A better understanding of the ways Credly worked might also have helped make the player’s lives easier too. It was only on the first morning of the conference that, having built a game around codes that needed to be entered into a website, we twigged it could be done with QR codes (as claim codes can be embedded in URLs) – making the process of claiming a badge significantly easier for mobile players!
6. Be Realistic
Don’t go nuts! Hundreds of badges to collect devalues each action or interaction required to claim the credit and may be off-putting to participants who would otherwise consider gamification to be a fun and useful extra layer to your event.
Be mindful of what you want to achieve, your audience and the constraints you’re working with to put together something that adds value and colour, not creates an imposition.
We started off with outrageous ideas of badges pretty much everywhere, even behind the hotel bar. As we learned the constraints we had to work with and formed a better idea of what gamification of an event like a conference should involve we whittled this down to a more manageable list, but we could have gone into the event with upwards of 80 credits for people to claim.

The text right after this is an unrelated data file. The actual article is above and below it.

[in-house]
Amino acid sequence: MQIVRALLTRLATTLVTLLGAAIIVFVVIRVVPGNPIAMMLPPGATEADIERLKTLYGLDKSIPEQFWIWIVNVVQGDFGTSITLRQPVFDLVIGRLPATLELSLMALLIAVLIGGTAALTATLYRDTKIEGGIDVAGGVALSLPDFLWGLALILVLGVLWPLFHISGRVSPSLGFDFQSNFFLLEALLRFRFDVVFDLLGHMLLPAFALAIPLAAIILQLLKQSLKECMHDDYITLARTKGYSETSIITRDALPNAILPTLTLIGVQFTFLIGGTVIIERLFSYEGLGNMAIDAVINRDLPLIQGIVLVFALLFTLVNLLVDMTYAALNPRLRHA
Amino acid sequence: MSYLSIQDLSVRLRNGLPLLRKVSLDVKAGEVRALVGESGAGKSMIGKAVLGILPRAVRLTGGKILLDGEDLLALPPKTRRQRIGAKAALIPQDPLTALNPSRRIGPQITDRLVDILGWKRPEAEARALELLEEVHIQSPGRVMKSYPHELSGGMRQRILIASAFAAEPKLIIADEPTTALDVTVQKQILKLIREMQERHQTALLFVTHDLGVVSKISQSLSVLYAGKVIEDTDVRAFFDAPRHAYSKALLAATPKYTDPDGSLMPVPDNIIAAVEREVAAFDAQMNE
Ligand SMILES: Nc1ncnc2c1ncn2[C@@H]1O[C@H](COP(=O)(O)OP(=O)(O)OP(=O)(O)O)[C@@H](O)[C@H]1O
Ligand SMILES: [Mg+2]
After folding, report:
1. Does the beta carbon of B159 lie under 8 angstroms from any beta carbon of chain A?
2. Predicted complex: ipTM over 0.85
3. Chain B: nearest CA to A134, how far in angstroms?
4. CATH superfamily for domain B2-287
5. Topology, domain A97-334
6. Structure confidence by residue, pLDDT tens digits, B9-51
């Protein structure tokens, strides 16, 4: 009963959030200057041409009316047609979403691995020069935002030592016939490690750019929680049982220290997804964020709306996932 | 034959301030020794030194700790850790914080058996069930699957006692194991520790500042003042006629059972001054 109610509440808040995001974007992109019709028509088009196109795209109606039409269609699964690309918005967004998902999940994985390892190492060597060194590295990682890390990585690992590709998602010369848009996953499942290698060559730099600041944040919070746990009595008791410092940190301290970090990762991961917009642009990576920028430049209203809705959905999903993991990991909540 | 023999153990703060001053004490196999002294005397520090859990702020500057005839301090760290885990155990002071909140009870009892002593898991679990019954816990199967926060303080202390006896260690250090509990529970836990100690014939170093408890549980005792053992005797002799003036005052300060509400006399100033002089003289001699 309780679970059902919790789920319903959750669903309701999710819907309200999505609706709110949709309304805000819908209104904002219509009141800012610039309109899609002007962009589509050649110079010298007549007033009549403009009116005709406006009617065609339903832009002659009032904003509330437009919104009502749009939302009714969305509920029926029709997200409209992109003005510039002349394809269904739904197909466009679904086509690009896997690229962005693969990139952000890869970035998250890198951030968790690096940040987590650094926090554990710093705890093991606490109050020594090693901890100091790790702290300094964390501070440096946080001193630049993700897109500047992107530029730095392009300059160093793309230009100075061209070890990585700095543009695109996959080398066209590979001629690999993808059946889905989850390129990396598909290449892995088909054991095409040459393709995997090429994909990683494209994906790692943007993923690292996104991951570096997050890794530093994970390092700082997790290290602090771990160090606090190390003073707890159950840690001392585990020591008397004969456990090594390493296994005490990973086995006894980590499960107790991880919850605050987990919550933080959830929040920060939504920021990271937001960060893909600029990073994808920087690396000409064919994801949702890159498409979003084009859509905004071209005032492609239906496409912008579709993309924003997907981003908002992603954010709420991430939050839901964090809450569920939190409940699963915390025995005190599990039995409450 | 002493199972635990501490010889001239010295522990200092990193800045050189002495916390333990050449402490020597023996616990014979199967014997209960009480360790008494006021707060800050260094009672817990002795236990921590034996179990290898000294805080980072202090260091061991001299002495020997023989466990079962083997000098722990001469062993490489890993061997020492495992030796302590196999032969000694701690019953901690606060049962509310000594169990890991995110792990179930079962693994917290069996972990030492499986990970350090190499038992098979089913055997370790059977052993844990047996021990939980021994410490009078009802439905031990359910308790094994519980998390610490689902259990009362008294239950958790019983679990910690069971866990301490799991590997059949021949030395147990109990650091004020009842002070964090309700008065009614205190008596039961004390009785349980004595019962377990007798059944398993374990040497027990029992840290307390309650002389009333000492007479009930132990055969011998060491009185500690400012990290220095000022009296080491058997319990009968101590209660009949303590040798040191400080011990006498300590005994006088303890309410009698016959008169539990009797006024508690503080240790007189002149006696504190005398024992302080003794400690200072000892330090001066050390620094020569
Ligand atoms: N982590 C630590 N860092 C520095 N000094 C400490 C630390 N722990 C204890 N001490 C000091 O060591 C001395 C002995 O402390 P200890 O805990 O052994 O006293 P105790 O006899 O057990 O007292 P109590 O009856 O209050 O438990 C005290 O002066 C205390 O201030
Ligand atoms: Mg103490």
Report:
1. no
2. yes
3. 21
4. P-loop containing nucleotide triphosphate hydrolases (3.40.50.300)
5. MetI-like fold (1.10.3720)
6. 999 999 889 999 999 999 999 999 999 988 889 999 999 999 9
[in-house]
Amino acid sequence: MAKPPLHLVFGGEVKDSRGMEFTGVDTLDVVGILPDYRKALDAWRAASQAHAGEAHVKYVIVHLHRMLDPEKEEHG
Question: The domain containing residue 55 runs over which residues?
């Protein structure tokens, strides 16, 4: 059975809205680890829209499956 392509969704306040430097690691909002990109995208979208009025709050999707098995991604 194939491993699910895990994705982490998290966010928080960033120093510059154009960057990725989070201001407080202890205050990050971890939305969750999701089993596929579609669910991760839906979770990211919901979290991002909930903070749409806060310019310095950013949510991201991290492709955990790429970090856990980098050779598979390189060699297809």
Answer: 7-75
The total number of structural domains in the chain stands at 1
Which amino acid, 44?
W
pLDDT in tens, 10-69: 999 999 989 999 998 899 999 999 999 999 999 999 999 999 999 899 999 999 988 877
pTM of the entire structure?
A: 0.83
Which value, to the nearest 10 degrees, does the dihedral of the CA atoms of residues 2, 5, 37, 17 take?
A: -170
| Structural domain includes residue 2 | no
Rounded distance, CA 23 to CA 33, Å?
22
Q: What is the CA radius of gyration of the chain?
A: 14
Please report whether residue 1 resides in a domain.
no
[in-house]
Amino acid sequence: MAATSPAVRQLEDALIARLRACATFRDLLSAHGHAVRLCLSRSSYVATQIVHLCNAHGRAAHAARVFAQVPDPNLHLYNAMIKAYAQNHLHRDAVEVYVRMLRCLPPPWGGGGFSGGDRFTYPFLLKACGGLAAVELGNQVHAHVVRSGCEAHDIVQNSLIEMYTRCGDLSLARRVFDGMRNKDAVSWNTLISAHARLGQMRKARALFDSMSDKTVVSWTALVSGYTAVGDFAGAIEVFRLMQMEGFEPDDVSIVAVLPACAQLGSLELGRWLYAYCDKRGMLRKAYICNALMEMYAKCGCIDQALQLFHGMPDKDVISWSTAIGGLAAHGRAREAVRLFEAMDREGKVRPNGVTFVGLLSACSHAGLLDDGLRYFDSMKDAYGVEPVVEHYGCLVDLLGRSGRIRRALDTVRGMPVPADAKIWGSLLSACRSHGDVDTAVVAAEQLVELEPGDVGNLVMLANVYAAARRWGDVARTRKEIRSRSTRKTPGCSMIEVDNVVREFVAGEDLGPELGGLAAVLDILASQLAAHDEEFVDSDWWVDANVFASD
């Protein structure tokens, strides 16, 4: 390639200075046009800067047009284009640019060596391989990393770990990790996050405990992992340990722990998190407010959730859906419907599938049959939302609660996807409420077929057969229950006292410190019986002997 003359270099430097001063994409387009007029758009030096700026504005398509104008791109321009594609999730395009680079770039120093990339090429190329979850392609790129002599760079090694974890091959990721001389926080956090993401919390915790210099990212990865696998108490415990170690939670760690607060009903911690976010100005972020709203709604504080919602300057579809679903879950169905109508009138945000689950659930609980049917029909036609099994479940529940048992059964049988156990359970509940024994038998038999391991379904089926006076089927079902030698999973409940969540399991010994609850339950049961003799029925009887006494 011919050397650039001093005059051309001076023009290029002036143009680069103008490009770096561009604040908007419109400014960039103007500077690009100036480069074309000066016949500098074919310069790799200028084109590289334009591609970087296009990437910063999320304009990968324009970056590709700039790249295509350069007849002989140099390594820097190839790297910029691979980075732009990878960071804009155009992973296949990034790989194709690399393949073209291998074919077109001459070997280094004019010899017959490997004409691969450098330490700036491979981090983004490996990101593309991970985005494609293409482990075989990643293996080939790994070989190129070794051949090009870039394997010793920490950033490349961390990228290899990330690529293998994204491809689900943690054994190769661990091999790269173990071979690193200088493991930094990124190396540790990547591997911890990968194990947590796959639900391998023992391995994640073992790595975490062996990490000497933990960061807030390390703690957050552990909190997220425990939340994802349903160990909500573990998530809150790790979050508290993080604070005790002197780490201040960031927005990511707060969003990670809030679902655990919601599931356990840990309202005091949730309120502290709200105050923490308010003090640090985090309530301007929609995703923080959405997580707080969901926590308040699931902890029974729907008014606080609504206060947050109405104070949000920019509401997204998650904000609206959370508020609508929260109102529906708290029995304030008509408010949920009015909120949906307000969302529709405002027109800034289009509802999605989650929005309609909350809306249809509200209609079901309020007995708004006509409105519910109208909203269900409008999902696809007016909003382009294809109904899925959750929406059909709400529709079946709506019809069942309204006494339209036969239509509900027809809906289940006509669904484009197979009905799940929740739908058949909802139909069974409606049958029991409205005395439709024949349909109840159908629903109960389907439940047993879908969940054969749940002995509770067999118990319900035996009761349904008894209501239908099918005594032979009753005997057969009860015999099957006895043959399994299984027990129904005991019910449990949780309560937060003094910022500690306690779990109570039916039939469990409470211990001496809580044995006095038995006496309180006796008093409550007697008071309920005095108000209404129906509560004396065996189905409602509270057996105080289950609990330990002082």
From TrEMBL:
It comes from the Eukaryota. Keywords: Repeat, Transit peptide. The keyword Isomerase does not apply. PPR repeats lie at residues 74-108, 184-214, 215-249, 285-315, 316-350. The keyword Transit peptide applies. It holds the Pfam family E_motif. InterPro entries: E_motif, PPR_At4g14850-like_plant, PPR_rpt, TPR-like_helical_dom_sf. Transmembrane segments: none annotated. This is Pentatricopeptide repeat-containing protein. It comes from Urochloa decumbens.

I’d need a little more experimentation to work out a comfortable number of credits for a game, but from USSC16 we had:
- 40 badges claimable (minus abandoned ones, plus ad-hoc ones)
- 75 participants from ~120 delegates – 62% engagement
- Claiming 1282 total badges
- 44% of participants claimed over half the available badges
- Over 2 days of events
Somewhere in there is, perhaps, a formula or rule of thumb for game size, like having 20 badges per day of event, or 1 badge for every 3 delegates.
Certainly you should aim to spread out opportunities for credit claiming over the event, both through the volume of credits to claim and when credits become available to claim in the first place. A game everyone wraps up in the first few hours isn’t likely to have added much to your event!